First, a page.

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Vancouver takes backdoor approach to rental housing


17:02, August 25, 2011

VANCOUVER, Aug. 24 (Xinhua) -- Vancouver is taking a backdoor approach to addressing its housing shortage.

According to a 2010 British Columbia Statistics estimate, about 640,000 people in Vancouver are in need of housing, however, there is essentially no land left on which to build. Aside from a few pockets of vacant land, there is nowhere for the Canadian city to expand.

Vancouver has had to resort to land reclamation from the sea, a popular practice in Hong Kong and Singapore.

But with Canada taking in about 250,000 immigrants annually and many of them taking up residence on the country's west coast, Vancouver has looked at other ways to free up space. In 2009, it became the first city in North America to allow the construction of laneway housing, a move that could potentially add 60,000 rental units around the city.

Today, an estimated 300 to 500 laneway houses have been built around the city and, as a result, boosted property prices.

"Business has been really booming since the city started allowing these secondary suites in the space where a garage used to typically go," said Michael Fry, vice president of sales and marketing for Smallworks, a designer and builder of laneway housing and studios.

"A lot of residents have been taking us up on this possibility to add more living space or more revenue from the property that they already own," he said.

Pointing to the features of a soon-to-be completed 73-square-meter "Edwardian House" at the back of an old house on a standard 10-meter-wide lot on Vancouver's west side, the country's most expensive district, Fry said the new addition would cost about 190,000 Canadian dollars (192,395 U.S. dollars), including taxes and permits.

For the price, the property owner is getting about 50 square meters of indoor living space over one and half floors (the maximum height allowed), one bedroom and one and a half bathrooms. There is also another 22.5-square meter enclosed garage -- all laneway houses must have at least one parking space -- that could be converted into additional living space.

Fry expects the property owner will get 1,750 Canadian dollars (1.772 U.S. dollars) a month renting out the unit. Bigger units with two bedrooms -- 100 square meters is the maximum for the indoor space, including a mandatory parking space -- charge about 2,000 Canadian dollars (2,026 U.S. dollars) a month.

Fry, who started Smallworks six years ago, said the company built about 20 laneway houses and studios last year. Currently, it has 12 projects on the go, including four custom designed. He said the company did nearly all the work, prefabricating walls and roof panels, floors and stairs in at its workshop, and could put everything together in about four months.

Fry said the city had been set up like a small town but, as more people moved to the city, people had to change their attitude to space. "So as the city grows and becomes more urban and much more dynamic, people have to learn to live in the space a little differently," he said.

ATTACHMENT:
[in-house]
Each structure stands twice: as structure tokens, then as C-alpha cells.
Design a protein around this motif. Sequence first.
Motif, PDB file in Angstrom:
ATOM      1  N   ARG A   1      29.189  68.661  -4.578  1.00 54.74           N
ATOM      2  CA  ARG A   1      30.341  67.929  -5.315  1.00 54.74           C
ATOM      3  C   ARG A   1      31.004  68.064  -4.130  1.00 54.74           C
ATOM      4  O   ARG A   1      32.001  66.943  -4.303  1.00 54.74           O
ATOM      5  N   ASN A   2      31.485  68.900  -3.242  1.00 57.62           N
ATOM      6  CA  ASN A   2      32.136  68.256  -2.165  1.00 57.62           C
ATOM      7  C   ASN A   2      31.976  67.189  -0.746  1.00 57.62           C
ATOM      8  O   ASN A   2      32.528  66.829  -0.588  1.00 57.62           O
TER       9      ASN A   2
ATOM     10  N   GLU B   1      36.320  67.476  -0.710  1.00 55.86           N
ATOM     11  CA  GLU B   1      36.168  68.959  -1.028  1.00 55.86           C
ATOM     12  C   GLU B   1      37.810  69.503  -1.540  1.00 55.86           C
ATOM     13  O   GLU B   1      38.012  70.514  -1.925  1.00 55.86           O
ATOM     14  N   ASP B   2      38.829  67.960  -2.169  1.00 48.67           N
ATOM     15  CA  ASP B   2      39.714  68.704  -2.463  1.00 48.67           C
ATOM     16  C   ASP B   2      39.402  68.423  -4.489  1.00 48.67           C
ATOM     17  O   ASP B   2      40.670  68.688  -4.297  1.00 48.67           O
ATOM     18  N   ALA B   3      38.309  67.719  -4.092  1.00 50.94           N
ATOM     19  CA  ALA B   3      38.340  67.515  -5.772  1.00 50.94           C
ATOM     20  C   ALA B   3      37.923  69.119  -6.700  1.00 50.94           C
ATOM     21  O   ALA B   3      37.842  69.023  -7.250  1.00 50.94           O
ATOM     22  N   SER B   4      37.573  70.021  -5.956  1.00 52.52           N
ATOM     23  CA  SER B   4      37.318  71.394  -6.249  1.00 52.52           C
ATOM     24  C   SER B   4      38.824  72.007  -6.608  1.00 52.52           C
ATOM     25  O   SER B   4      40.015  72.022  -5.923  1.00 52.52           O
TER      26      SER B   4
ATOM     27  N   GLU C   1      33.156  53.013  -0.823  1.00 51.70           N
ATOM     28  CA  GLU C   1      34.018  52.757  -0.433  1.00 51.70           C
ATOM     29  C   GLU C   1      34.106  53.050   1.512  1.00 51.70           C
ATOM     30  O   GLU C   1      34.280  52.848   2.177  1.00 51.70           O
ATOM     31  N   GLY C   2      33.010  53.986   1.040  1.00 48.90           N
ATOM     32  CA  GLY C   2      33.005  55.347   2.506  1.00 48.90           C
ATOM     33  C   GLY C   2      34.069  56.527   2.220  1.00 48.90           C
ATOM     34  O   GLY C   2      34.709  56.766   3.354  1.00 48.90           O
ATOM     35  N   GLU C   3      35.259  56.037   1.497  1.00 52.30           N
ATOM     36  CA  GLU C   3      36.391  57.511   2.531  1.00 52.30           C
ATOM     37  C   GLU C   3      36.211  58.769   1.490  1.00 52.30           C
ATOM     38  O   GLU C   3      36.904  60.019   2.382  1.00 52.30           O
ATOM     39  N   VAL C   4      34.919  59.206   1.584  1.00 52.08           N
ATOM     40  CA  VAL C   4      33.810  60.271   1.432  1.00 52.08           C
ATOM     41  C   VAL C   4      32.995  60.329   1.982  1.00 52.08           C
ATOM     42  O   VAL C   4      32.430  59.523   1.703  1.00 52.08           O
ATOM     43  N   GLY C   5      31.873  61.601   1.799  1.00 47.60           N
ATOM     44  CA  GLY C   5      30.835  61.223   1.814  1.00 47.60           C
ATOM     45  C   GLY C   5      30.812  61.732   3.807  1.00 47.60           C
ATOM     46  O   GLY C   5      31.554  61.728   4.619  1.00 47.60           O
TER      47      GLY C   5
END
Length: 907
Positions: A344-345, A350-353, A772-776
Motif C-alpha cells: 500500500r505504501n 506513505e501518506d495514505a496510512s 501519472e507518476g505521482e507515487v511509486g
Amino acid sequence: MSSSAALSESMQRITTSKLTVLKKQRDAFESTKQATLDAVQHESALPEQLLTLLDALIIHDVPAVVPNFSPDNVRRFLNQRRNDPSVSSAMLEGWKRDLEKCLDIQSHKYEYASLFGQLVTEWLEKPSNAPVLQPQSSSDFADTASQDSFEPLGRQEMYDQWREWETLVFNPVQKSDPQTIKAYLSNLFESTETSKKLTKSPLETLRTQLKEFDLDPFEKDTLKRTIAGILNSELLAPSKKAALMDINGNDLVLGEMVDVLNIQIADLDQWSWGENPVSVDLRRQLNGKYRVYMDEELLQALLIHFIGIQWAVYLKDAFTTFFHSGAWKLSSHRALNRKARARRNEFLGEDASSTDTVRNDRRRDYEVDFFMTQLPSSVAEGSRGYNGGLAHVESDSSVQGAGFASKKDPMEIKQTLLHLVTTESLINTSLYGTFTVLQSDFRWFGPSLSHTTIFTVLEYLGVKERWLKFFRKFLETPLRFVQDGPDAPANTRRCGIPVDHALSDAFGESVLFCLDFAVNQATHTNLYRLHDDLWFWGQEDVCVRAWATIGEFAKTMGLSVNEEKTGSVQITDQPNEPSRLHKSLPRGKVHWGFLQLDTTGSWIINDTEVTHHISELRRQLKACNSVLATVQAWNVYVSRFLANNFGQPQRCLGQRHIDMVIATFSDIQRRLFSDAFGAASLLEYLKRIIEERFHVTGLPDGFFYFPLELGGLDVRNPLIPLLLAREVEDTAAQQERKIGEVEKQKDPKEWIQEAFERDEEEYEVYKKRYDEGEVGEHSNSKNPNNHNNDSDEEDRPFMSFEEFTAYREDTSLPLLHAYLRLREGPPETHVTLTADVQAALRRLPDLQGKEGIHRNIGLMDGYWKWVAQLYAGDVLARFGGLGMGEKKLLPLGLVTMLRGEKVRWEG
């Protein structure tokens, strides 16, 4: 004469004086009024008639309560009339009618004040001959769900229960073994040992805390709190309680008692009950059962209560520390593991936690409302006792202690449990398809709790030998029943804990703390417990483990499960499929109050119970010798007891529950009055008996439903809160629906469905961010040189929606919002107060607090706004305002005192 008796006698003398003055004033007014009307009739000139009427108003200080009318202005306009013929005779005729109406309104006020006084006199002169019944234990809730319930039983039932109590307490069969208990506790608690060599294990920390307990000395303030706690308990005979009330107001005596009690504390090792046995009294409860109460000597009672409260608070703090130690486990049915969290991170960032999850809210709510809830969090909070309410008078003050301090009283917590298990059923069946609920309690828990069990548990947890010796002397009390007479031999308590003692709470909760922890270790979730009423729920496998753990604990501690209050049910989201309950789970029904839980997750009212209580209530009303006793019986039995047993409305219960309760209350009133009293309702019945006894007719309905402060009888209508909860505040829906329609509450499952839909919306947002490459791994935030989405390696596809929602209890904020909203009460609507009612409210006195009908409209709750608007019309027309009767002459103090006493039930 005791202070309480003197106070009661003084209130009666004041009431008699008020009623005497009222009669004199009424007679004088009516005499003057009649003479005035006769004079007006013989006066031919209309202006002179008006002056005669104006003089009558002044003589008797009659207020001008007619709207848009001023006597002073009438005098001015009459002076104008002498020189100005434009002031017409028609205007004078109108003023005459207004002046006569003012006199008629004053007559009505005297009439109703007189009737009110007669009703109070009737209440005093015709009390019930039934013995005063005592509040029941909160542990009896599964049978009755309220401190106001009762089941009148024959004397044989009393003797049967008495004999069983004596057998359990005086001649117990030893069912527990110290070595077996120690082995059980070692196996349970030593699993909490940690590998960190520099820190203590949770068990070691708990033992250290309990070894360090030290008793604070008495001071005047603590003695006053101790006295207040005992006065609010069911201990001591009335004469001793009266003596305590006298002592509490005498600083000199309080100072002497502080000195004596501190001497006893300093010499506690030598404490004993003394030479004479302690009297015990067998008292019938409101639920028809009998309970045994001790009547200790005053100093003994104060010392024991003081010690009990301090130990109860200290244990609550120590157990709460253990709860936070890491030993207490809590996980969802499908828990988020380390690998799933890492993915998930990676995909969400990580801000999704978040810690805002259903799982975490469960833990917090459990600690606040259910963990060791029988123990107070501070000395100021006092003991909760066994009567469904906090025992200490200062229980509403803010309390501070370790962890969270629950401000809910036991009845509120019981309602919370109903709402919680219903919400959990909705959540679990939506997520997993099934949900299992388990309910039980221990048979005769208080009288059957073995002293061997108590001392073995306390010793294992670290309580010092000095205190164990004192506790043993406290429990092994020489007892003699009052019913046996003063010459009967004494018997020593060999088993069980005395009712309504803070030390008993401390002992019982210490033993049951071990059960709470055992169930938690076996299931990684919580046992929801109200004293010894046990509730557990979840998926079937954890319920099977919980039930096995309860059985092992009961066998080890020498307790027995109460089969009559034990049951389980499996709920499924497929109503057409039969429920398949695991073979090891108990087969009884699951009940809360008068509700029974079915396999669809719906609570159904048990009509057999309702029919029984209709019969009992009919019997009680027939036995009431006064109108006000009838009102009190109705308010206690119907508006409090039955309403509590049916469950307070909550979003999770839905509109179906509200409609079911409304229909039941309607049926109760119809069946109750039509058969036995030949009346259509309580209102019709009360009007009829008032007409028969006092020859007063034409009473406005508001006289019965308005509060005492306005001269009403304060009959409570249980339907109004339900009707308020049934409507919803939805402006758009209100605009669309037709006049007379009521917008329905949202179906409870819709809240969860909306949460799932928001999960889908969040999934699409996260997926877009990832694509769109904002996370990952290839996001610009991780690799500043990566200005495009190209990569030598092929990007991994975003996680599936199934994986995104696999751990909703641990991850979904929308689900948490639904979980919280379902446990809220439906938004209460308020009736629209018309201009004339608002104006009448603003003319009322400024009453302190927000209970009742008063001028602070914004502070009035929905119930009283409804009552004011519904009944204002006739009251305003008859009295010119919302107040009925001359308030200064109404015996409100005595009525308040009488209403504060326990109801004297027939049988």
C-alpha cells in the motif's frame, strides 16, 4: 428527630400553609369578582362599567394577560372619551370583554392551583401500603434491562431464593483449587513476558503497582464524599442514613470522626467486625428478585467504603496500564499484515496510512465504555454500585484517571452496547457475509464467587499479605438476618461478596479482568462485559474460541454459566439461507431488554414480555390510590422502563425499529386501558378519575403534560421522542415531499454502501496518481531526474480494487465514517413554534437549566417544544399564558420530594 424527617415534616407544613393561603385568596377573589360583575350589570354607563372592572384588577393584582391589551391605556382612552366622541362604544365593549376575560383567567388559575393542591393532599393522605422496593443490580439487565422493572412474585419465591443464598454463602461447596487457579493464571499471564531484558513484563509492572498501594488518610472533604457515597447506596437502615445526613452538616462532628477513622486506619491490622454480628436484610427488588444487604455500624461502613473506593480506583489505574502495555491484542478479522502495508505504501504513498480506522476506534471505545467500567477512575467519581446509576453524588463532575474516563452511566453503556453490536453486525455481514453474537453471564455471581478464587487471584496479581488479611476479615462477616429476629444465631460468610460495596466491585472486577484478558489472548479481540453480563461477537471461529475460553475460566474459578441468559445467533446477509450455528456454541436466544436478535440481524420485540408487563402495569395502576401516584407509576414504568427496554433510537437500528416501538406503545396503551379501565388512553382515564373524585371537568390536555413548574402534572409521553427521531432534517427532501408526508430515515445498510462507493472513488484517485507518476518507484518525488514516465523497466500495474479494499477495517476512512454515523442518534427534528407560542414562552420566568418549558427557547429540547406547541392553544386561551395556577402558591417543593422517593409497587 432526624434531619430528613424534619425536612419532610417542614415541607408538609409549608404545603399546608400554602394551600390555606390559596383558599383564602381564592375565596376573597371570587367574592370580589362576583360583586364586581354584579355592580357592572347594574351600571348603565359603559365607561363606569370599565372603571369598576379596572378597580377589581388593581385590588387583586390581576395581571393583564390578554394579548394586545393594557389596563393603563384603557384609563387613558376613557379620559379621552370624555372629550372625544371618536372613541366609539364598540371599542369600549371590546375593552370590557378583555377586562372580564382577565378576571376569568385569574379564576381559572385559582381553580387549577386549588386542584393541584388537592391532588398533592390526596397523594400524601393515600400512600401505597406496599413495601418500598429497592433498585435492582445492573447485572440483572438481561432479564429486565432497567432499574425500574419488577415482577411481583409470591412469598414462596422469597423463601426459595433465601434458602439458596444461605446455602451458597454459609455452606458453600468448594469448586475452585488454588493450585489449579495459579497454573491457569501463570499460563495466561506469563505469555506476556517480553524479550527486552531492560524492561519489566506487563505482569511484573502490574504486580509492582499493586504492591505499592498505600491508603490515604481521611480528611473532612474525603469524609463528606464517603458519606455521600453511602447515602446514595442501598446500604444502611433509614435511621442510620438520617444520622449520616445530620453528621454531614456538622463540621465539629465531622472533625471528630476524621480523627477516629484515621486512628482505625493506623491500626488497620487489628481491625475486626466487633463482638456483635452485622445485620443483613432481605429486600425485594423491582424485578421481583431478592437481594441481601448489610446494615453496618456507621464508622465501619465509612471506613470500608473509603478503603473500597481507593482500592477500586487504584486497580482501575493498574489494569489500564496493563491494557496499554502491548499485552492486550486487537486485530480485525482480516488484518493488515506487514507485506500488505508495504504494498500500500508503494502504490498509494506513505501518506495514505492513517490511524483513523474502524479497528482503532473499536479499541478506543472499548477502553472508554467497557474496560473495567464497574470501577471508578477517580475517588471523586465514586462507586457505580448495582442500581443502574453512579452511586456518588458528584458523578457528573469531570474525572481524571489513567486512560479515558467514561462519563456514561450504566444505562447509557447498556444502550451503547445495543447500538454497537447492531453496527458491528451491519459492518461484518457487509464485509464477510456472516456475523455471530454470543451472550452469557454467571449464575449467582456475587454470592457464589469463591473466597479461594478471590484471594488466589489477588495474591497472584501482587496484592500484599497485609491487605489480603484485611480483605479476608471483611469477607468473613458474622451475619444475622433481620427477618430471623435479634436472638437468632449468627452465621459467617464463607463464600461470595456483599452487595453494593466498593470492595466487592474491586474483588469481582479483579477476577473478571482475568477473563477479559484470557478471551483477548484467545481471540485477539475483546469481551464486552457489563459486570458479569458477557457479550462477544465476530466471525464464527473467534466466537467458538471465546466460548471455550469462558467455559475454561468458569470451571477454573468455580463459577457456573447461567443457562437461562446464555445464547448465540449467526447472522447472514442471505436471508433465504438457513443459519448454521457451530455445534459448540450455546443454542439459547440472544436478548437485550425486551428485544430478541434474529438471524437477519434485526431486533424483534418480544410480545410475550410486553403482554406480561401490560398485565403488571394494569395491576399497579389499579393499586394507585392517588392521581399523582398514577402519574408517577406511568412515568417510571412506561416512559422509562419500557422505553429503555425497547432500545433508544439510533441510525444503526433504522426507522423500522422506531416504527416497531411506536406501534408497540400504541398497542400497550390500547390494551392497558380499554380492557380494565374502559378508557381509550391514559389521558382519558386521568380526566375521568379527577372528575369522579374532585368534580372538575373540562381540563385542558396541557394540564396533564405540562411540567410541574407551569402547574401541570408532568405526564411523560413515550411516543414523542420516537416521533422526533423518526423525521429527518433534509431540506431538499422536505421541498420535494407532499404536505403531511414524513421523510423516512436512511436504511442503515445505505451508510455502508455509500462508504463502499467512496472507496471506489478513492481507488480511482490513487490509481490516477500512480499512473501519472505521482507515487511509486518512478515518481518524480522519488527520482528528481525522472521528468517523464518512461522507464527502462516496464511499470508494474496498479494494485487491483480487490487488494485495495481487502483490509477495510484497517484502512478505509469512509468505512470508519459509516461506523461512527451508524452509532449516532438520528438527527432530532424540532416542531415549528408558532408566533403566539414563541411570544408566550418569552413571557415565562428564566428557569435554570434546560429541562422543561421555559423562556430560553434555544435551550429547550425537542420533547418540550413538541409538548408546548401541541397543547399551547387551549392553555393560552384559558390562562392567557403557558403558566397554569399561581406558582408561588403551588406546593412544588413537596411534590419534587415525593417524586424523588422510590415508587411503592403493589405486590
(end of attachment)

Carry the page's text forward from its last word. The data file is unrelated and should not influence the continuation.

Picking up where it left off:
"At the same time people, really enjoy having their own house, and having their own backyard and living in a very quaint environment. And the city is ideal for this because the houses have so much room between them. So to actually put a small, separate home between two main homes doesn't really compromise anybody's living standard."

Fry said the beauty of a laneway house was it added a lot of equity to a property without much cost. The addition increased the value of a property, but had little bearing on taxes. In addition, a laneway house had an independent address from the main house and separate bills for monthly expenses, such as water, gas and electricity.

"These properties have confirmative popularity among young people, those who are just married who have the opportunity to build their own home in a neighborhood setting rather than a condo in town," said Fry, adding they have also struck a chord with new immigrant homebuyers and seniors looking to downsize their houses.

"A lot of Chinese people who move in, especially as their children get older ... this is a great opportunity for them to start their own family or to have their own independence while still being able to be close to the family and enjoy the equity of having a more significant home on the property."

Just near a project being put up by Smallworks, Thomas Frauenberger has finished three-quarters of a one-bedroom laneway house he's building with his company, Lanecraft Lane and Coach Houses.

The house sits on a prime corner lot and has a bedroom, toilet, shower and laundry facilities on the main floor, with a spacious open-area kitchen and living space above. All told, the house is about 100 square meters, including a large balcony and enclosed parking space.

With design fees, permits and taxes, Frauenberger said the eco-friendly building will cost about 225,000 Canadian dollars (227,986 U.S. dollars).

"By their very nature, these buildings are environmentally friendly because they are using existing infrastructure, being built on land that has already been developed. And so you are developing it further, just intensifying the land use and densifying it," said the 30-something trained architect.

"We're seeing many people want them (built) either for elderly parents or for their teenagers or for rental," he said. "So you create income from them. Most of them, if you look at them financially, renting it out, you're cash-flowing from day one. Soon as you start renting it out, you're covering your costs and then some. So I think in terms of investment in Vancouver, it's a no-brainer."


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